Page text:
How could that ever be automatic?


			Agriculture oriented data spaces (ontology and instance data)
			

		Cannot anticipate every possible query, or even broad area of interest, in DBpedia.
		There must be an impulse to make a query of some sort. The issue is how complex that query must be.
		Isn't the implicit question why cannot some small query be enough to draw out the information I want?
		Here the query terms should be enough to form a coherent query. In this example they should translate into a sparql query. But that is not enough, because DBPedia needs a schema and some instance data too. erm.
		Or perhaps it could be semi-automatic? 
		
		Imagine that there is a repository with sample kinds of data in it. I think this would be easy to use.
		I want to build up a query about tomato seeds, planting, region, time of year. So some general data is classified along those lines. That would be combined into a schema. Maybe some of it would be a subset of other schemas, so in my making the choice further useful suggestions could be made. I would then be asked to refine the parameters of the query by actual region, etc.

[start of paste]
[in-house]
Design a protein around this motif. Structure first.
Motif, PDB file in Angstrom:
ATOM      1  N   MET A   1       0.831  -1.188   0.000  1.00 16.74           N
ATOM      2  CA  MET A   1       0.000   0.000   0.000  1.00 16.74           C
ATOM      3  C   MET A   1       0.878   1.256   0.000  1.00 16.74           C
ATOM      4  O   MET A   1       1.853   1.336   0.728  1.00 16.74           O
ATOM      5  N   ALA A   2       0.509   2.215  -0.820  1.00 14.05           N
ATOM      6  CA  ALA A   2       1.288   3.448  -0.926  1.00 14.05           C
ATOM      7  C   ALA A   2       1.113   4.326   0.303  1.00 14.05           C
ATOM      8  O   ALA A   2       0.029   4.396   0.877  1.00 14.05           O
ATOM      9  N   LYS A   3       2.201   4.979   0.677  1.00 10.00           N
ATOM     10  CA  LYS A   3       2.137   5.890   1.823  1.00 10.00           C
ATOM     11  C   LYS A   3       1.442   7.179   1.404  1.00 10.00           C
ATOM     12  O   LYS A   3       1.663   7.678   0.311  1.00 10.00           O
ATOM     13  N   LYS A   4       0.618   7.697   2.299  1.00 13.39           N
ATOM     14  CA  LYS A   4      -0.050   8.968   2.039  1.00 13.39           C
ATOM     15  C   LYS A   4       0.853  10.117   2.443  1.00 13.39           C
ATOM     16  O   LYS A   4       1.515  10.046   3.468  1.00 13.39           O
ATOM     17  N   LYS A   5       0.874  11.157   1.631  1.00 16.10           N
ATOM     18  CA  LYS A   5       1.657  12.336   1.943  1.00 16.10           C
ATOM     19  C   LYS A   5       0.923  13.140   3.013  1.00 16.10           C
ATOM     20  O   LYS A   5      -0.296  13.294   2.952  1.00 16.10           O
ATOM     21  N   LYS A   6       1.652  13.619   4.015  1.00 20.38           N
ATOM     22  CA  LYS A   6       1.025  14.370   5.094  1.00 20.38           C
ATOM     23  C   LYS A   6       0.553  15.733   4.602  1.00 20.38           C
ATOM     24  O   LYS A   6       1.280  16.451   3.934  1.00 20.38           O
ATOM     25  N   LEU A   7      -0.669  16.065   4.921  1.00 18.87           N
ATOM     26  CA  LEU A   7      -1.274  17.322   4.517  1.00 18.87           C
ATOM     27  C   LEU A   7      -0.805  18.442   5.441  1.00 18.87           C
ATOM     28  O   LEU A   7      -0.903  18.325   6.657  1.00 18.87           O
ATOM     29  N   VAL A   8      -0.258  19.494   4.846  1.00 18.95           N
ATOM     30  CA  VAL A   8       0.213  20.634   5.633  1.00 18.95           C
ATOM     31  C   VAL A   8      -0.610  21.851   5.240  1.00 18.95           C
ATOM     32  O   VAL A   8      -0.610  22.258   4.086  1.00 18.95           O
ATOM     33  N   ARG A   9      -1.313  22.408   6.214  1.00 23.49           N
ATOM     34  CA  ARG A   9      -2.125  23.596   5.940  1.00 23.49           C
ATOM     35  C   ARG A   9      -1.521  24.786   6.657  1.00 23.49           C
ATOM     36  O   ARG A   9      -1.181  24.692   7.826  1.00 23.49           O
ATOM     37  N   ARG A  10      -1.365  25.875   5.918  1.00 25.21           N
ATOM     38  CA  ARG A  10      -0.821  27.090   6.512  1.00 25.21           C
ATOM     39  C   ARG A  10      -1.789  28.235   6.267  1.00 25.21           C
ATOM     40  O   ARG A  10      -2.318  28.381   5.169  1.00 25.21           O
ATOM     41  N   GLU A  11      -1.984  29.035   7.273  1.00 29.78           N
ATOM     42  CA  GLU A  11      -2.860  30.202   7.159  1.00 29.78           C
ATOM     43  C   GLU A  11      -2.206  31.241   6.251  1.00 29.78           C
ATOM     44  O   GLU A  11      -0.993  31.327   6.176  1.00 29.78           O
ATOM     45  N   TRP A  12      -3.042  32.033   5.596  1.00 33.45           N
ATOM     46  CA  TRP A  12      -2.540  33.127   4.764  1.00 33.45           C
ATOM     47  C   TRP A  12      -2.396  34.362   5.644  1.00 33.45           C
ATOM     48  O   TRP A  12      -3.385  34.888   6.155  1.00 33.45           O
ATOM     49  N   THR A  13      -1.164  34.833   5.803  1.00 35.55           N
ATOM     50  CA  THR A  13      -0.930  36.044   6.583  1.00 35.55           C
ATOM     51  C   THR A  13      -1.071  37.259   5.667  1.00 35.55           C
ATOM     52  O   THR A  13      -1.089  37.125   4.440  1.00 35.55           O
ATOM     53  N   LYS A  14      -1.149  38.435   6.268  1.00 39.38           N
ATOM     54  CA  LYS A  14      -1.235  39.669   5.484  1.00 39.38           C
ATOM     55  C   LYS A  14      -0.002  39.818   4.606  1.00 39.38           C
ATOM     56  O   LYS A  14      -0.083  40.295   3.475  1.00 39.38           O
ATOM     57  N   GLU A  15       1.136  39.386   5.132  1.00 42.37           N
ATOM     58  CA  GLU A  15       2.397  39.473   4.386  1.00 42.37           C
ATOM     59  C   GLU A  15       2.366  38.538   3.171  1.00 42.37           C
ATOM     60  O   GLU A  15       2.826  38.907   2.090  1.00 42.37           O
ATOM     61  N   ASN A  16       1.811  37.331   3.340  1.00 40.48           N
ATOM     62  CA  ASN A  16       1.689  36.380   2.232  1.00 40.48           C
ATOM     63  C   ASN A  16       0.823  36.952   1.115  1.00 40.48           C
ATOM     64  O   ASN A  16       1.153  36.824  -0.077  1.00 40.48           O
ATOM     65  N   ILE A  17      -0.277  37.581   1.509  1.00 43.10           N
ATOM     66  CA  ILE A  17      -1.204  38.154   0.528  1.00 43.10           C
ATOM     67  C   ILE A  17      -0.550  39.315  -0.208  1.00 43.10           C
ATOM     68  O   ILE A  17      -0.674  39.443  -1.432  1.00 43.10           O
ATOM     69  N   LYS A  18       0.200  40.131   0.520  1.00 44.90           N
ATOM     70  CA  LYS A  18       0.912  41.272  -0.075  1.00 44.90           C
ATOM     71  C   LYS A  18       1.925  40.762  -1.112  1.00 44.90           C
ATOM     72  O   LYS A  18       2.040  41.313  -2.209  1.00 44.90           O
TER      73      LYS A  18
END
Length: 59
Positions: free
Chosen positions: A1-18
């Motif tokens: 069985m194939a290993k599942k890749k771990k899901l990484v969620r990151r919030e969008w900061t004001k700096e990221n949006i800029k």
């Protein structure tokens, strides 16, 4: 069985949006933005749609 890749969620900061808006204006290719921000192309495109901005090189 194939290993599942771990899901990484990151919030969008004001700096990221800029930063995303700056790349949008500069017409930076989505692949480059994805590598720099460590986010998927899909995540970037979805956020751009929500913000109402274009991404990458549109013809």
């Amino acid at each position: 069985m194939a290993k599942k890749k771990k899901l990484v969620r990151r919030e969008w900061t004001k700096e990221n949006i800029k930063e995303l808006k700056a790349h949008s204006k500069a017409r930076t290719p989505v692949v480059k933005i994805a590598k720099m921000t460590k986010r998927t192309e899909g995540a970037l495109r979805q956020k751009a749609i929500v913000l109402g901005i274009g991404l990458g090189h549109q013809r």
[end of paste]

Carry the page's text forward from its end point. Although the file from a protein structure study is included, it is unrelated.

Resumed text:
I am assuming that interested parties would make available basic meta data sets with human understandable sample data.
		
		Am I making any sort of sensible suggestion here? Is this different to what already exists as available triples? I am unsure. There is something circular here.
		
		Even so we are still left with that data that has not been classified because there is no interested party to do so, or because the type of classification is new, complex or transient.
		
		Adam
		

		On 18 April 2010 21:56, Danny Ayers <danny.ayers@gmail.com> wrote:
		

			Thanks Kingsley
			
			still not automatic though, is it?
			

			On 18 April 2010 22:38, Kingsley Idehen <kidehen@openlinksw.com> wrote:
			> Danny Ayers wrote:
			>>
			>> Kingsley, how do I find out when to plant tomatos here?
			>>
			>
			> And you find the answer to that in Wikipedia via
			> <http://en.wikipedia.org/wiki/Tomato>? Of course not.
			>
			> Re. DBpedia, if you have a Agriculture oriented data spaces (ontology and
			> instance data) that references DBpedia (via linkbase) then you will have a
			> better chance of an answer since we would have temporal properties and
			> associated values in the Linked Data Space (one that we can mesh with
			> DBpedia even via SPARQL).
			>
			> Kingsley
			>>